I recently picked up a new book by a well-known author with loads of awards to their name. It was my first dive into their work, and I was excited to read it.
After several chapters, I wondered if I was expecting too much because the story lacked the quality of a seasoned writer. Upon further examination, I noticed an older copyright date. Had the publisher unearthed a gem from a time when ebooks didn’t exist and romance fiction standards were different?
Here’s the catch: we’re living in 2023 and readers have particular expectations than when I was a kid. But are these expectations fair?
Storytelling has developed since Shakespeare entertained the masses. With the passing of time, our knowledge has increased and our world has rapidly advanced.
Reading preferences have also progressed, just like television programs. Remember 90s TV shows and cartoons? They were the bee’s knees back then, but watching them again with my girls? Not always as thrilling (except for the original Animaniacs, which is still top-notch!).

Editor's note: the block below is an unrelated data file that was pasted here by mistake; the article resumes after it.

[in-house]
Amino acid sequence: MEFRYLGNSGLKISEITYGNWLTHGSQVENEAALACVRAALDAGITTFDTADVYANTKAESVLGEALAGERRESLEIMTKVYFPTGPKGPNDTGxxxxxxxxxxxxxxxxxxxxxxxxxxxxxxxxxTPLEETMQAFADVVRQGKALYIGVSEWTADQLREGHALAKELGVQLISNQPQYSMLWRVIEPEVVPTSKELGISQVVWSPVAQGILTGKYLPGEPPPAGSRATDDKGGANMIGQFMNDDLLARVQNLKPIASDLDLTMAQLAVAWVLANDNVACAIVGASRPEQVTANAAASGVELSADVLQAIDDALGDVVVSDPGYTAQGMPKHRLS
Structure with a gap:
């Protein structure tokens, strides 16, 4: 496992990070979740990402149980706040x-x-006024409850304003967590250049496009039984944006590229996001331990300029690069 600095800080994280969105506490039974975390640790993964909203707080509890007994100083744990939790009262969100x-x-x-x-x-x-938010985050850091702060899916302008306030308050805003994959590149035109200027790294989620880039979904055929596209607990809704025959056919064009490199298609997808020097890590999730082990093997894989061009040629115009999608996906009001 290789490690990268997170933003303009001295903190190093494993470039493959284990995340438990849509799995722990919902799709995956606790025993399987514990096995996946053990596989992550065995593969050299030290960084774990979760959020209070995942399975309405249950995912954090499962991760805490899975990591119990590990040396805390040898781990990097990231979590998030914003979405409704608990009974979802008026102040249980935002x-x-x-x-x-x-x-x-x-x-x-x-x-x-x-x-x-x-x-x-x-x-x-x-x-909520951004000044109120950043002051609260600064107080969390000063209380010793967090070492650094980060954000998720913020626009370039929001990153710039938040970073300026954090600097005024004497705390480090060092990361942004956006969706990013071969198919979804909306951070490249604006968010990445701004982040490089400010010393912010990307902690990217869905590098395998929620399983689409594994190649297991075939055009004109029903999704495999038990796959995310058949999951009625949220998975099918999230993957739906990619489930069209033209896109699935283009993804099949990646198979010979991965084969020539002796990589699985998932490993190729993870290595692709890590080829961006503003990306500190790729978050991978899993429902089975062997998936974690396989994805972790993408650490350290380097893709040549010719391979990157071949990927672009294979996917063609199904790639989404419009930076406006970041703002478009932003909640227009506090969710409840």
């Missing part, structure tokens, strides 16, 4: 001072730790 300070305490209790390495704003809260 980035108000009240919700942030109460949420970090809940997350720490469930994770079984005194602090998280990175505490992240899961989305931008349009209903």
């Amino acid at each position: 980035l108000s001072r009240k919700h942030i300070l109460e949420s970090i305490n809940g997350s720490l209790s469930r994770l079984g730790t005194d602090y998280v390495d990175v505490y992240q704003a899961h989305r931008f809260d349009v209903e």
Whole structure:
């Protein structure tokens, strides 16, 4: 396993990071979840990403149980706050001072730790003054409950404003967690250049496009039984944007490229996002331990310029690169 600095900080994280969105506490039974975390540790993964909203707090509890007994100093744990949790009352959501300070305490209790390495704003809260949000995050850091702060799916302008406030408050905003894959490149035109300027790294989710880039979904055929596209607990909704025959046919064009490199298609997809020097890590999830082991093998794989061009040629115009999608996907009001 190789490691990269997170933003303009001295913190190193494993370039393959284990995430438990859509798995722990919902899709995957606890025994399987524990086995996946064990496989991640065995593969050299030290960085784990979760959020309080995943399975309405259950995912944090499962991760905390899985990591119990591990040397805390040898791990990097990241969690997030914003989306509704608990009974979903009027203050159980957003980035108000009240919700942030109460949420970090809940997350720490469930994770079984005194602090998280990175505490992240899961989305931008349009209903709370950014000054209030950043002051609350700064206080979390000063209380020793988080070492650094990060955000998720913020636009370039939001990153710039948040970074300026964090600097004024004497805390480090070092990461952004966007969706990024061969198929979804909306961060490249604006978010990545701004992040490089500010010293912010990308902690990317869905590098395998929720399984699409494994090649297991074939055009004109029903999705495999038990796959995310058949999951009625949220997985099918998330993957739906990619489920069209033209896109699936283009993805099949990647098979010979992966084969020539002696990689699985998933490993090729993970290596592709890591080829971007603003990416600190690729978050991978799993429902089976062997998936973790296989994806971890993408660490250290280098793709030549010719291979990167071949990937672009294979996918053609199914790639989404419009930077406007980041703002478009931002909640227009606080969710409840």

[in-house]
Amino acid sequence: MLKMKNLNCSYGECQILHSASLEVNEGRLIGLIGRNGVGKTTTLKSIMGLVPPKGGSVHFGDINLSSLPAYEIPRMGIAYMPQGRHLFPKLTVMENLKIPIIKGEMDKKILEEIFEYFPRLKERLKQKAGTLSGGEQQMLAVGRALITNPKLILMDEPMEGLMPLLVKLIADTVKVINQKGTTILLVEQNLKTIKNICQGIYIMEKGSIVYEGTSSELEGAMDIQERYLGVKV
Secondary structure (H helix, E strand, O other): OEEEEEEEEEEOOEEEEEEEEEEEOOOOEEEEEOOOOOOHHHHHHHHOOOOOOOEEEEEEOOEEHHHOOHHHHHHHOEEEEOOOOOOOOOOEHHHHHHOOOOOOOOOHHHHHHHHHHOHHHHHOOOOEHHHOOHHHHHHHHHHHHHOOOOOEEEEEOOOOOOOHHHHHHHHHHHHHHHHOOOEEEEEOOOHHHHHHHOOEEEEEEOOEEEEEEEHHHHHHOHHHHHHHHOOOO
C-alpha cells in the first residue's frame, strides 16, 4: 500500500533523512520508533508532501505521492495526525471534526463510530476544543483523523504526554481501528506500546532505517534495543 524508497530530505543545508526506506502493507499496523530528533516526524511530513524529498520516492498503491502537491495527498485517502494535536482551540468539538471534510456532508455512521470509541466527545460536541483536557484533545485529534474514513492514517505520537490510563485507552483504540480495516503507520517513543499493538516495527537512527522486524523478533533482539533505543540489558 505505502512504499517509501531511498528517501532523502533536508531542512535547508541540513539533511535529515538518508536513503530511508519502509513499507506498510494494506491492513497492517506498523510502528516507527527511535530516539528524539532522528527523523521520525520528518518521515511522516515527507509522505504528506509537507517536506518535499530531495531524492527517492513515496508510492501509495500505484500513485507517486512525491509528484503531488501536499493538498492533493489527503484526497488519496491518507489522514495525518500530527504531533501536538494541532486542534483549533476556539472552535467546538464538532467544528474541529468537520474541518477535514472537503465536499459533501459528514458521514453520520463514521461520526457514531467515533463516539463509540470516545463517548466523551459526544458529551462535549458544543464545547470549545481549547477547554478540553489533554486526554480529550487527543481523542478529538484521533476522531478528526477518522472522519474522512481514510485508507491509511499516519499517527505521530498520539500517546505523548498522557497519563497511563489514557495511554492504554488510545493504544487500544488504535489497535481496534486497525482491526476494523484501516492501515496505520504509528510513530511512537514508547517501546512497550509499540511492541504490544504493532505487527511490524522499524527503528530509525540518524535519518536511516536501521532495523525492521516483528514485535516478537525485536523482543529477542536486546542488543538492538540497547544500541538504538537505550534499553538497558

In the same way smartphones have outpaced the trusty old Motorola flip phone, fiction has transformed. Nowadays, readers crave a front-row seat to the hero and heroine’s adventures, with minimal narration and description. They’re a discerning bunch and appreciate following breadcrumbs, rather than being spoon-fed the obvious. The best part? There’s a treasure trove of books just a click away, offering readers a world of choice while writers endeavour to keep them entertained.
As a reader, I have a set of reasonable expectations, and as a writer, I give my all to meet them with every word I type. I know my next book will be better than my last because I’ve worked hard on my writing craft and dedicated hours reading in the genre I write.
We all grow and change, as do our reading tastes. Readers will demand higher standards, and writers will strive to meet and exceed these expectations.
The nature of writing is always changing. Publishing old work as “new” may deter new readers from exploring an author’s recent work, but the author may have no control if the publisher owns the rights.
Keep this in mind the next time you read a book which doesn’t reach your expectations and think about reading something else by the author.
I know I am.
Until next time,